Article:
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Building a Utility Roll-up Machine

How private-equity firms may consolidate the utilities industry.

Fortnightly Magazine - May 2007

financial and regulatory risk, for example, increase risk-adjusted returns for investors, even if the book return on equity remains unchanged.

Once Burned, Twice Shy

Regulators, with their varied responsibilities, cannot monitor and understand a particular utility or holding company group nearly as well as its management. Regulators usually learn of serious problems after the damage is done and it is time to clean up the mess. When NUI Corp.’s failed diversification threatened its utility subsidiary Elizabethtown Gas Co. (ETG), New Jersey regulators understandably were frustrated:

ETG enters the process with credit ratings below investment grade, restricted access to capital markets, very high interest rates on existing lines of credit, significant prepayment burdens under its gas procurement arrangements, and a serious need to re-establish the trust and confidence of ratepayers, bondholders, and investors. The board must note and strongly emphasize that NUI Corp. caused these problems. 1

Increasingly cautious, regulators are wary of the pressures on management to improve returns by aggressively cutting costs and increasing financial leverage. They may impose a spider’s web of commitments, audits, and reports to protect consumers’ interest in long-term, reasonably priced service. Regulators recognize the limits of their supervisory powers and want utilities to be owned and operated by investors and management they can trust—trust based in the knowledge that investor and management interests are aligned with the consumers’ interest in reliable, low-cost utility service for years to come.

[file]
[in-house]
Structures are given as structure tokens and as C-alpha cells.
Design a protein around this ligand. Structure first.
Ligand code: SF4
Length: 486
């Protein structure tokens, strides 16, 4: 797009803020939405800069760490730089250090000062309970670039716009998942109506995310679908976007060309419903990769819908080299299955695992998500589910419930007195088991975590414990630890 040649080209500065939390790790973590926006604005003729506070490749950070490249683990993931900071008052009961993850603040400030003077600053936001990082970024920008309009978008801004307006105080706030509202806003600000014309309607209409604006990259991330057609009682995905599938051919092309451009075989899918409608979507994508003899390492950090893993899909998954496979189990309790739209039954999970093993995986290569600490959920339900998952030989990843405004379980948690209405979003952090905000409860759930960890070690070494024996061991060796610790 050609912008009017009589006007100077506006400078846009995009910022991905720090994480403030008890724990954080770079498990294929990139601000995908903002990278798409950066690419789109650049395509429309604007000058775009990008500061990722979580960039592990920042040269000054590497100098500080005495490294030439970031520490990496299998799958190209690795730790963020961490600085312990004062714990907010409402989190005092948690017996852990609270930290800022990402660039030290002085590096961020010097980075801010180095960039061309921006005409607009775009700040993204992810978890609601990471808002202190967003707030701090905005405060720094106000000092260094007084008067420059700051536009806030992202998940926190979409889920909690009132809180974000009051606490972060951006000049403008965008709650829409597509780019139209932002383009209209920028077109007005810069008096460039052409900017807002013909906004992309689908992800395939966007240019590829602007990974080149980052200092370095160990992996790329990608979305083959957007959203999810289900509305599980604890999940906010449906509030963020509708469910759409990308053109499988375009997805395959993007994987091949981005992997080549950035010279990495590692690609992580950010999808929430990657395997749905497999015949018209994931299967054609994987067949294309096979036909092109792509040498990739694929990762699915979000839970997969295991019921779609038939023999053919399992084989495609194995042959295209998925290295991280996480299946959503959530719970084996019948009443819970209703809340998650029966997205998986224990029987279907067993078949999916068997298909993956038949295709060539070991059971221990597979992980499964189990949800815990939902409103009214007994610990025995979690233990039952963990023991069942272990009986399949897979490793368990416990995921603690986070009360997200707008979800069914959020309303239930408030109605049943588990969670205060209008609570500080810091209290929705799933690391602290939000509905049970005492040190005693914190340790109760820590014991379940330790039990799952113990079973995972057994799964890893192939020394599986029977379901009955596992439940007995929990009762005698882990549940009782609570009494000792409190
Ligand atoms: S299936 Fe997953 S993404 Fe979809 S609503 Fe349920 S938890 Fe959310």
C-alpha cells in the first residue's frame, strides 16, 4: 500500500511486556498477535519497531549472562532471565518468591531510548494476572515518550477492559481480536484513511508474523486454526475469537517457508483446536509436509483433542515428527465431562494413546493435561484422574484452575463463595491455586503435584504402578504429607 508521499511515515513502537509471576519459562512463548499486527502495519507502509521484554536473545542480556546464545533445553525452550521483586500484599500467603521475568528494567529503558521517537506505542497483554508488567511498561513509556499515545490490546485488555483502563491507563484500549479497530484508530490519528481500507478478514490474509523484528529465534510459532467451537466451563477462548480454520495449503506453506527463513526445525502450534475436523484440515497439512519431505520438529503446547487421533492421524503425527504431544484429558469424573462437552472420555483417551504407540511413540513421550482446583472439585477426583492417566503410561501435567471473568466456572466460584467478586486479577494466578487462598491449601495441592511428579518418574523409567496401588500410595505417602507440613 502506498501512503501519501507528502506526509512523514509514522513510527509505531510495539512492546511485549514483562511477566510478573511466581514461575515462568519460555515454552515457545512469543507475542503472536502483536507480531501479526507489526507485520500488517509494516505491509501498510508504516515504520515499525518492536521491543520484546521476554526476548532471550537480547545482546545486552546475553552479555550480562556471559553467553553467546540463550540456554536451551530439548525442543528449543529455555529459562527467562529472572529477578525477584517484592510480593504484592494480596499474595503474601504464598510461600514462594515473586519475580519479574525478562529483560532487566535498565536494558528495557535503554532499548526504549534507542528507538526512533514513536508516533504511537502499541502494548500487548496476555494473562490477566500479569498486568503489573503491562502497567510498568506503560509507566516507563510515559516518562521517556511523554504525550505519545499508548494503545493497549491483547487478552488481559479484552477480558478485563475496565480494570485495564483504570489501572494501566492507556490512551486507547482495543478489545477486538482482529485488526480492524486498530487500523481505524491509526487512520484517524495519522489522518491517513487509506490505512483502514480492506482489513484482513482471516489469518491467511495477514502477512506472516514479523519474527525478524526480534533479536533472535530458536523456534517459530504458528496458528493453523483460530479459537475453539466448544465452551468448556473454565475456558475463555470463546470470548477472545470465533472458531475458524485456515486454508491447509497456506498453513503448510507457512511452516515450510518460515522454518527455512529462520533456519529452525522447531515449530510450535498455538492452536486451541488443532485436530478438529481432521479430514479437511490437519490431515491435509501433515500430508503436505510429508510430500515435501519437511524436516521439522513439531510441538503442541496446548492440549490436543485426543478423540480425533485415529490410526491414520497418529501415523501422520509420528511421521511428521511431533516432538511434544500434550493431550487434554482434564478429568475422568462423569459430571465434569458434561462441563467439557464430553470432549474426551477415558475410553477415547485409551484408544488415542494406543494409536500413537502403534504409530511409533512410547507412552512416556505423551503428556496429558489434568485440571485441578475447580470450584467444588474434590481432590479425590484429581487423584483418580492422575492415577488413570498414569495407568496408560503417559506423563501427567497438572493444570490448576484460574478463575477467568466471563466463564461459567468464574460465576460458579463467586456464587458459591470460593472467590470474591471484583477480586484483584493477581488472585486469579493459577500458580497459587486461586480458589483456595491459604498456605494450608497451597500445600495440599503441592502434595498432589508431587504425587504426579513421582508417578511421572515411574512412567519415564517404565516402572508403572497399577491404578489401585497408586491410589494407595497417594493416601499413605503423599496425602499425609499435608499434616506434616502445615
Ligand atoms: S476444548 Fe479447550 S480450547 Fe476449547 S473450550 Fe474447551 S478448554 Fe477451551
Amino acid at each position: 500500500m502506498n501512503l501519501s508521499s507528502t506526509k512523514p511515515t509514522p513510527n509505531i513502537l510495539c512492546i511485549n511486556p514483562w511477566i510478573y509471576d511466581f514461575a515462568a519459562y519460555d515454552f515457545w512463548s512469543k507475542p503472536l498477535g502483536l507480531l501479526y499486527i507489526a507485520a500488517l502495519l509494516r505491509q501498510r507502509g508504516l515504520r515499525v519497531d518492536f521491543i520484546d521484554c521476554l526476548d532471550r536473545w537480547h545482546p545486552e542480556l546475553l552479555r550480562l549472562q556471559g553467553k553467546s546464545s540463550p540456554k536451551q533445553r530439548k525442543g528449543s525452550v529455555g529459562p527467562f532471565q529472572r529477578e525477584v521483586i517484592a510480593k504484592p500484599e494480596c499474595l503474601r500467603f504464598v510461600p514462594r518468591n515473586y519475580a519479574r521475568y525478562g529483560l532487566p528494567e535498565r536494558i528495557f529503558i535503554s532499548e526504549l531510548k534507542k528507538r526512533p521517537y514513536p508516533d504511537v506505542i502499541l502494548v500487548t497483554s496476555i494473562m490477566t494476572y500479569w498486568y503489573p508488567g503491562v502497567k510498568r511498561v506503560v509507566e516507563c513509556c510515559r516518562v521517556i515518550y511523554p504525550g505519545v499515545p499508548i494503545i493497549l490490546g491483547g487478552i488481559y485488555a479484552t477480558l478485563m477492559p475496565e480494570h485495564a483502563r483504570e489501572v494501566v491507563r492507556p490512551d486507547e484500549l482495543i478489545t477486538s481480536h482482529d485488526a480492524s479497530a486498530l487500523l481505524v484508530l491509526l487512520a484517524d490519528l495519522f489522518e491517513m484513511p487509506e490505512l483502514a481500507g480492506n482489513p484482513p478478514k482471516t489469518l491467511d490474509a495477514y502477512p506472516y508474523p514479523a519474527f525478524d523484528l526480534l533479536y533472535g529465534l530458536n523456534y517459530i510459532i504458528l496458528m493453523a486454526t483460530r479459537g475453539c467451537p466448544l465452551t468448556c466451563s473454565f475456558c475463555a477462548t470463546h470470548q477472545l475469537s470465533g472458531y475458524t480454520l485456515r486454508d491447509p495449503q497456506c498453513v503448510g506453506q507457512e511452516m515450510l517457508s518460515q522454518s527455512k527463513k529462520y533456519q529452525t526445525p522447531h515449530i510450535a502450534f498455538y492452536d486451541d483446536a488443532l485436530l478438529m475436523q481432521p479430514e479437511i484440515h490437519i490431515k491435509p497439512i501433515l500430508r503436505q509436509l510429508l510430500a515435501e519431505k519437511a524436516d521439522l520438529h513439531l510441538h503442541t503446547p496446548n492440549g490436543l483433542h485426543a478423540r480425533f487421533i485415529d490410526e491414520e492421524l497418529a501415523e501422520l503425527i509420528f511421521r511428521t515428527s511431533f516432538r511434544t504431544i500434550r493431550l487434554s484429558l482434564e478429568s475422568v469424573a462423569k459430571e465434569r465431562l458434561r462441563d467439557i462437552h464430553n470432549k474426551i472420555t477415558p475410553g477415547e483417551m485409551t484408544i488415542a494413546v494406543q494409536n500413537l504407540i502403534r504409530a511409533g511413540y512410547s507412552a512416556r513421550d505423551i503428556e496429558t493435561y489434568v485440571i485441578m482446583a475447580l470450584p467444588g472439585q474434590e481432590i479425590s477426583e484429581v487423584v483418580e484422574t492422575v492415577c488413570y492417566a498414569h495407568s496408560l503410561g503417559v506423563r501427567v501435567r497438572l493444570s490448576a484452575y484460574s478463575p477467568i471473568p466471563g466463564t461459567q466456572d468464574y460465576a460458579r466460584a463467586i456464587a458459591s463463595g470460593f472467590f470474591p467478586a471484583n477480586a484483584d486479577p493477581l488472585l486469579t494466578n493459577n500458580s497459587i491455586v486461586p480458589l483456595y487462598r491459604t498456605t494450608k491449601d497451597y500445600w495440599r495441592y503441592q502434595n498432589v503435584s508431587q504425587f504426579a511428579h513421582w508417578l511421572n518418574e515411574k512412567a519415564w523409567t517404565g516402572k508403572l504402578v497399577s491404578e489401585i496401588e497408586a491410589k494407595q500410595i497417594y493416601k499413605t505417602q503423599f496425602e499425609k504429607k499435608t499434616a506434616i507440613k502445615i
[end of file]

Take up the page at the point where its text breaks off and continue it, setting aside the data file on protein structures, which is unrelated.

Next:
The lack of “institutional trust” was key to the failure of the proposed acquisition of UniSource Energy Corp. by KKR and co-investors J.P. Morgan Partners and Wachovia Capital Partners. The investors promised to improve the capital structure and liquidity of UniSource’s subsidiary, Tucson Electric Power Co. (TEP), and to retain local management and a local presence. The investors also built a “ring fence”—a collection of terms and commitments designed to safeguard the integrity of the utility—around TEP.

In this case, the Arizona Corporation Commission (ACC) reviewed the deal under a “net-benefits” standard. An “in-the-public-interest” standard merely requires a showing of “no harm” from the transaction, but “net benefits” requires investors to demonstrate that the public interest will be advanced by the transaction. The ACC faulted the non-investment-grade rating of the acquisition debt, stating that high leverage would lead to increased utility cash flows and expense cutting, resulting in negative effects on service quality and safety. The ACC also faulted the general partner’s lack of utility experience and questioned the investors’ commitment to preserving service quality. The ACC also was troubled by the lack of transparency of the limited partnership acquisition vehicle. “The investors’ refusal to disclose certain materials does not give us confidence that the relationship between the commission and the investors would enable the commission to retain the same level of oversight that currently exists.” 2

We cannot quantify the risks from a utility change in ownership. But it can be said with certainty that their perceived magnitude to regulators increases with their level of distrust of the investor group. The perceived risks must be more than offset by benefits to satisfy the net-benefits standard. Tangible benefits